Patron of Music • Composers • Singers • Musicians
• Poets • Organ Builders
Around 200 AD, a Roman maiden of patrician birth, Cecilia (or Cecelia or Cecily or Cecile) was given in marriage against her will to a handsome youth named Valerian.
Cecilia could play any instrument, sing any song and was able to hear the music of the angels. As one story goes, on her wedding day “while the pipes were playing,” Cecilia was praying – “singing in her heart” – for her virginity to be preserved. (A misinterpretation of these words was taken to mean that she sang to the accompaniment of an organ, thus making Cecilia the patron saint of music.)
The story continues with Cecilia telling her new husband that if he attempted to consummate the marriage, her guardian angel would make sure he was punished. When Valerian asked to see the angel, Cecilia replied that he would see the angel if he would go to the third milestone on the Via Appia (the Appian Way) and be baptized by Pope Urbanus. Valerian was so impressed that he convinced his brother Tiburtius to convert as well. The brothers were eventually martyred, as was Cecilia (in her own bath), but not before they converted hundreds of others.
Cecilia continued to stand up for her beliefs to the end, saying to the Prefect when she was on trial for her life: “The power of mortals is no more than a bladder full of wind. A needle’s point can deflate its blownup pride.”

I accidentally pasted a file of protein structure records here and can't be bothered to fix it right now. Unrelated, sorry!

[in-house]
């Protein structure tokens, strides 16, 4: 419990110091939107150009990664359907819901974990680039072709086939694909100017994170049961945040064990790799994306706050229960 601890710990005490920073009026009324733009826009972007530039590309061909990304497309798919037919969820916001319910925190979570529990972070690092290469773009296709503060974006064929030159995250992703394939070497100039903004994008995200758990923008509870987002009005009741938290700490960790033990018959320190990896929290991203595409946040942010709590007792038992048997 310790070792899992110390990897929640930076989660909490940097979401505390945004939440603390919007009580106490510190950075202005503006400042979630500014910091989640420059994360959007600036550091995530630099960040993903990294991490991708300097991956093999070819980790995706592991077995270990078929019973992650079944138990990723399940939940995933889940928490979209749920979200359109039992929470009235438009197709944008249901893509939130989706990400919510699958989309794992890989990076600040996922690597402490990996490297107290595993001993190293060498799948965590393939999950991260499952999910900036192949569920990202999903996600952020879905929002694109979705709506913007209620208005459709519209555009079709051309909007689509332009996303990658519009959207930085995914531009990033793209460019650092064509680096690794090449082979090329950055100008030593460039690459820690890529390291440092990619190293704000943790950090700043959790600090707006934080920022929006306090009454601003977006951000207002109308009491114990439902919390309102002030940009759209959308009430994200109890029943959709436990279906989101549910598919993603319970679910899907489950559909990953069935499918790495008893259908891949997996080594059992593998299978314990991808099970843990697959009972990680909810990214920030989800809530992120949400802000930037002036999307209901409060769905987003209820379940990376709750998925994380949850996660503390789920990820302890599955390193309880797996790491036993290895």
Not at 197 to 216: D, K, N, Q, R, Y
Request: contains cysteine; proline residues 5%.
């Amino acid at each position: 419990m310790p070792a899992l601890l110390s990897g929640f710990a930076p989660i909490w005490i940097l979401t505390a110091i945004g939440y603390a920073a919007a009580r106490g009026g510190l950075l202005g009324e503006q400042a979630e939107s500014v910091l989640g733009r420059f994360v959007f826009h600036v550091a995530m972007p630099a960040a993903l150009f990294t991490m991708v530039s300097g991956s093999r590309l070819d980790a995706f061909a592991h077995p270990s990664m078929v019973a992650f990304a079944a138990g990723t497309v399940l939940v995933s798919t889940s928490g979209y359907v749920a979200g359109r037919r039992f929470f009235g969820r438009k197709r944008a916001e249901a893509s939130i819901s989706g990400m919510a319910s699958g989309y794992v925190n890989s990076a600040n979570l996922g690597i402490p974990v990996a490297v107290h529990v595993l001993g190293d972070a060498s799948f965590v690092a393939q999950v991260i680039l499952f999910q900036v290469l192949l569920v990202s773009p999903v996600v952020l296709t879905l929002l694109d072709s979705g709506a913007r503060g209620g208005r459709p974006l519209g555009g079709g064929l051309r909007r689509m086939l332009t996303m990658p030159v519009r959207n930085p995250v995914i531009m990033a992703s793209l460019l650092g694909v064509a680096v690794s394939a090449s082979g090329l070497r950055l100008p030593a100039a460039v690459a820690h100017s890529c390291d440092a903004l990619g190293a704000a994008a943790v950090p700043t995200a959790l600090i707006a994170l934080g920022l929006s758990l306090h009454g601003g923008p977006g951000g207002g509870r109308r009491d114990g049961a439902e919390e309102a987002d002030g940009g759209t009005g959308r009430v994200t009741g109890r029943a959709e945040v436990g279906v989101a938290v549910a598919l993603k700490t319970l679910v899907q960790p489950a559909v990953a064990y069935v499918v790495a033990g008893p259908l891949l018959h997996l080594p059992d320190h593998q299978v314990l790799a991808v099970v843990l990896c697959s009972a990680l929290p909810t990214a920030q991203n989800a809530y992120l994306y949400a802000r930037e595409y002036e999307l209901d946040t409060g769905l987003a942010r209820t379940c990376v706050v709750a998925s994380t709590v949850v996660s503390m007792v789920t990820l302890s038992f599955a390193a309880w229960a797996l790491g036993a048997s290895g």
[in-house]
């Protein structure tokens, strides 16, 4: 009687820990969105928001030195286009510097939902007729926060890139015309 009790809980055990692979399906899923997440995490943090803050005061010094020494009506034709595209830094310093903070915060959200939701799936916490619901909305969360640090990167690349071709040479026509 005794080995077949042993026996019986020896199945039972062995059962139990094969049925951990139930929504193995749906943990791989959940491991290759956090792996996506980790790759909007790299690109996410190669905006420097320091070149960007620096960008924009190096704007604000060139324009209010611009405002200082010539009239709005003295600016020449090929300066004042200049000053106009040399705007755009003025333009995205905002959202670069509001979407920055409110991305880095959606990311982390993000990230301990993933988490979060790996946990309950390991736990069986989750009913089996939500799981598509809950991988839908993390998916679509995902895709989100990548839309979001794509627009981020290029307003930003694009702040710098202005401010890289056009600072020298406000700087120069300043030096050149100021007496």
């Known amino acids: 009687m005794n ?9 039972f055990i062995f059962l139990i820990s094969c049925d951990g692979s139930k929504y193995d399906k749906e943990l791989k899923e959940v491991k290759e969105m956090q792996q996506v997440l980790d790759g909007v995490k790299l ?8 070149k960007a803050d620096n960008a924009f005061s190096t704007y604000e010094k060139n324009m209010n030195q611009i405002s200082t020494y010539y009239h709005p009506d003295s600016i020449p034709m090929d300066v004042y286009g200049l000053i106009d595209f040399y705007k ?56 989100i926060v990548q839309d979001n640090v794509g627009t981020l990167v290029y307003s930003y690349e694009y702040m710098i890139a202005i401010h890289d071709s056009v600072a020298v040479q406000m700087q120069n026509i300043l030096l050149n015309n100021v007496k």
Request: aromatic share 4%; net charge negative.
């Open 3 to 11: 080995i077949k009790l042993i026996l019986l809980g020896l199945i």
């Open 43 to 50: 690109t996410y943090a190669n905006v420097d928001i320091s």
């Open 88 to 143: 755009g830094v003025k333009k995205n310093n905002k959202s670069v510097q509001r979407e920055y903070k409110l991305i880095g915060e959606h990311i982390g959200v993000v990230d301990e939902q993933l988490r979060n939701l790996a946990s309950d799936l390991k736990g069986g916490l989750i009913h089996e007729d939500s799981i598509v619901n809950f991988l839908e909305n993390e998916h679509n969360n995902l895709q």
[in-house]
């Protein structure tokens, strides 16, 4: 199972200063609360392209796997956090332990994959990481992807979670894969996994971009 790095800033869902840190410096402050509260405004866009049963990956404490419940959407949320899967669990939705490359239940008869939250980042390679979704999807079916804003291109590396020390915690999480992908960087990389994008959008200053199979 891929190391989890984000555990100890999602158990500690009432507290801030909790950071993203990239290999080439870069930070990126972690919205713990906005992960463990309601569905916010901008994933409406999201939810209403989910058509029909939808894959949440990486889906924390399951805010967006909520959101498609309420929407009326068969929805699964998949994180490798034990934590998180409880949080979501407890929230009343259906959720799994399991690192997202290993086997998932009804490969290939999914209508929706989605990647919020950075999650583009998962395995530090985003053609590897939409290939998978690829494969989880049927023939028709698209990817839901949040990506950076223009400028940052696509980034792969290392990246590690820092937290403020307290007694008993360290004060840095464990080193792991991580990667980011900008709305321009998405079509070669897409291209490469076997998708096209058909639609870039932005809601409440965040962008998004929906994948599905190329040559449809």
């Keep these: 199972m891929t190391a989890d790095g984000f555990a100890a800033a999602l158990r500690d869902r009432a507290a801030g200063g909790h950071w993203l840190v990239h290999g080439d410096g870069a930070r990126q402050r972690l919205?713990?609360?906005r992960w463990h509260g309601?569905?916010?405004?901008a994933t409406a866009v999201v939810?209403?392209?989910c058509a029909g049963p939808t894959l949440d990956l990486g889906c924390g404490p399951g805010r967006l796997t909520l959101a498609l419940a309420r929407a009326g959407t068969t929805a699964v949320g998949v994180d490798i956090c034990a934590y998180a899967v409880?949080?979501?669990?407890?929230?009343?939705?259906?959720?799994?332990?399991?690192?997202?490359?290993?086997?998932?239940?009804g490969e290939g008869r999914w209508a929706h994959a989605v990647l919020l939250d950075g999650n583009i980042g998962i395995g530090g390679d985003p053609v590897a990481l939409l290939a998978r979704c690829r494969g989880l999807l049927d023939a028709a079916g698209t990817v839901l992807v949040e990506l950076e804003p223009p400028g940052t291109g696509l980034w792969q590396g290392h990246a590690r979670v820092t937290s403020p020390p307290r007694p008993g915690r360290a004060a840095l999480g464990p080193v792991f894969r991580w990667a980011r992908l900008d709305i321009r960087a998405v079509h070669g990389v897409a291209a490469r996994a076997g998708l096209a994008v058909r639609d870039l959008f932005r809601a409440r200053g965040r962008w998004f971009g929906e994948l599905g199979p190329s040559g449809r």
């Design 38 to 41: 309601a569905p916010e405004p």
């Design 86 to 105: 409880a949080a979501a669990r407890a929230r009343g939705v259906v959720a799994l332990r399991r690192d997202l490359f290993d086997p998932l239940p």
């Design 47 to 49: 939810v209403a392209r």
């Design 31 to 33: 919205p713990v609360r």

Her story was quite popular during the Middle Ages and was featured in Chaucer’s Canterbury Tales as the subject of “The Second Nun’s Tale.” As with many of the early saints, most of Cecilia’s story appears to be a fabrication. It began circulating around Rome in about 500 AD. Scholars believe that Valerian and Tiburtius were authentic martyrs, but they had no connection with Cecilia. The story of the virginal marriage appears to have been taken directly from Victor of Vita’s History of the Vandal Persecution, which was a true account, but of someone else.
The “real” Cecilia probably was a patrician lady of the Cecilii family. As a childless heiress, she endowed the Church with property bearing her name in Trastevere, Italy. Included was a cemetery where her tomb (now empty) adjoins the papal crypt and tenement houses that are now churches (one named after her).
A favorite spot at St. Cecilia’s church is her infamous bath where she was reputedly martyred. (Another legend about Cecilia’s death says that after being struck three times on the neck with a sword, she lived for three days, and asked the pope to convert her home into a church.)
Regardless of the facts of her existence, honoring St. Cecilia is honoring music itself for its transforming, uplifting, spiritual power. Saint Cecilia’s Day has long been celebrated with concerts, and numerous composers have written odes to her. Many choirs and musical societies are named after her, and it is customary to hold concerts on her feast day.